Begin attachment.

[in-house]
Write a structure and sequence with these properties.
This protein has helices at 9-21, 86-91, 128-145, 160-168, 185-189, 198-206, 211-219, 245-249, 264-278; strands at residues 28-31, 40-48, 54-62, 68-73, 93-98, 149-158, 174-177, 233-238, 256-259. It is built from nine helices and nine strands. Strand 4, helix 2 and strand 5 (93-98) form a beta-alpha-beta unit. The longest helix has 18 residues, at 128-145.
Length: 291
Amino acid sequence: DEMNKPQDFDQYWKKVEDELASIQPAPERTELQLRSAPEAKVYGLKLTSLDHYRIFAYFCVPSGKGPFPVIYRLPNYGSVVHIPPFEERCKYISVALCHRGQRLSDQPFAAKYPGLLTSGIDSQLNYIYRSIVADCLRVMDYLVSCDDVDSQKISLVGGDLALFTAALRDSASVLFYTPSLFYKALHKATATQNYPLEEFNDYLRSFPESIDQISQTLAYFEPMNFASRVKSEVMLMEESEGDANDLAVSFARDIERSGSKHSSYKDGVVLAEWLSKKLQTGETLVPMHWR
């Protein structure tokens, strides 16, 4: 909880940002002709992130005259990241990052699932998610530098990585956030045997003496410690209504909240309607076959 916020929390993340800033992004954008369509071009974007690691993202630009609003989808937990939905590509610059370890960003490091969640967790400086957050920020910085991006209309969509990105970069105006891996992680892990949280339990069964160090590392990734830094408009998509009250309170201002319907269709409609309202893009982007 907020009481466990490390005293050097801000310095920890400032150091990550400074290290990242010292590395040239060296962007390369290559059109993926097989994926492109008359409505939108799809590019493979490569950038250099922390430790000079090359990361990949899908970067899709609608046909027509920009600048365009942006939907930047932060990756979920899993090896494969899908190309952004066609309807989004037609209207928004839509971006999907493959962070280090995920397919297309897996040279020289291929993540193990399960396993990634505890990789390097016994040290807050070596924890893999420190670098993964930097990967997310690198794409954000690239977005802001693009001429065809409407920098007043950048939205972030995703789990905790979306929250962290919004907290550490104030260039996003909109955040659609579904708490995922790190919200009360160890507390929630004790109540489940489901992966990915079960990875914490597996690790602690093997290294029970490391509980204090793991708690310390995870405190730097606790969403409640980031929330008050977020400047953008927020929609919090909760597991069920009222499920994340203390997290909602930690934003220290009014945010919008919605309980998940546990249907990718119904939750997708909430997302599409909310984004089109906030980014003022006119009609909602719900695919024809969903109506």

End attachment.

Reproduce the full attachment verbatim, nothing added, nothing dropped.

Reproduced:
[in-house]
Write a structure and sequence with these properties.
This protein has helices at 9-21, 86-91, 128-145, 160-168, 185-189, 198-206, 211-219, 245-249, 264-278; strands at residues 28-31, 40-48, 54-62, 68-73, 93-98, 149-158, 174-177, 233-238, 256-259. It is built from nine helices and nine strands. Strand 4, helix 2 and strand 5 (93-98) form a beta-alpha-beta unit. The longest helix has 18 residues, at 128-145.
Length: 291
Amino acid sequence: DEMNKPQDFDQYWKKVEDELASIQPAPERTELQLRSAPEAKVYGLKLTSLDHYRIFAYFCVPSGKGPFPVIYRLPNYGSVVHIPPFEERCKYISVALCHRGQRLSDQPFAAKYPGLLTSGIDSQLNYIYRSIVADCLRVMDYLVSCDDVDSQKISLVGGDLALFTAALRDSASVLFYTPSLFYKALHKATATQNYPLEEFNDYLRSFPESIDQISQTLAYFEPMNFASRVKSEVMLMEESEGDANDLAVSFARDIERSGSKHSSYKDGVVLAEWLSKKLQTGETLVPMHWR
């Protein structure tokens, strides 16, 4: 909880940002002709992130005259990241990052699932998610530098990585956030045997003496410690209504909240309607076959 916020929390993340800033992004954008369509071009974007690691993202630009609003989808937990939905590509610059370890960003490091969640967790400086957050920020910085991006209309969509990105970069105006891996992680892990949280339990069964160090590392990734830094408009998509009250309170201002319907269709409609309202893009982007 907020009481466990490390005293050097801000310095920890400032150091990550400074290290990242010292590395040239060296962007390369290559059109993926097989994926492109008359409505939108799809590019493979490569950038250099922390430790000079090359990361990949899908970067899709609608046909027509920009600048365009942006939907930047932060990756979920899993090896494969899908190309952004066609309807989004037609209207928004839509971006999907493959962070280090995920397919297309897996040279020289291929993540193990399960396993990634505890990789390097016994040290807050070596924890893999420190670098993964930097990967997310690198794409954000690239977005802001693009001429065809409407920098007043950048939205972030995703789990905790979306929250962290919004907290550490104030260039996003909109955040659609579904708490995922790190919200009360160890507390929630004790109540489940489901992966990915079960990875914490597996690790602690093997290294029970490391509980204090793991708690310390995870405190730097606790969403409640980031929330008050977020400047953008927020929609919090909760597991069920009222499920994340203390997290909602930690934003220290009014945010919008919605309980998940546990249907990718119904939750997708909430997302599409909310984004089109906030980014003022006119009609909602719900695919024809969903109506």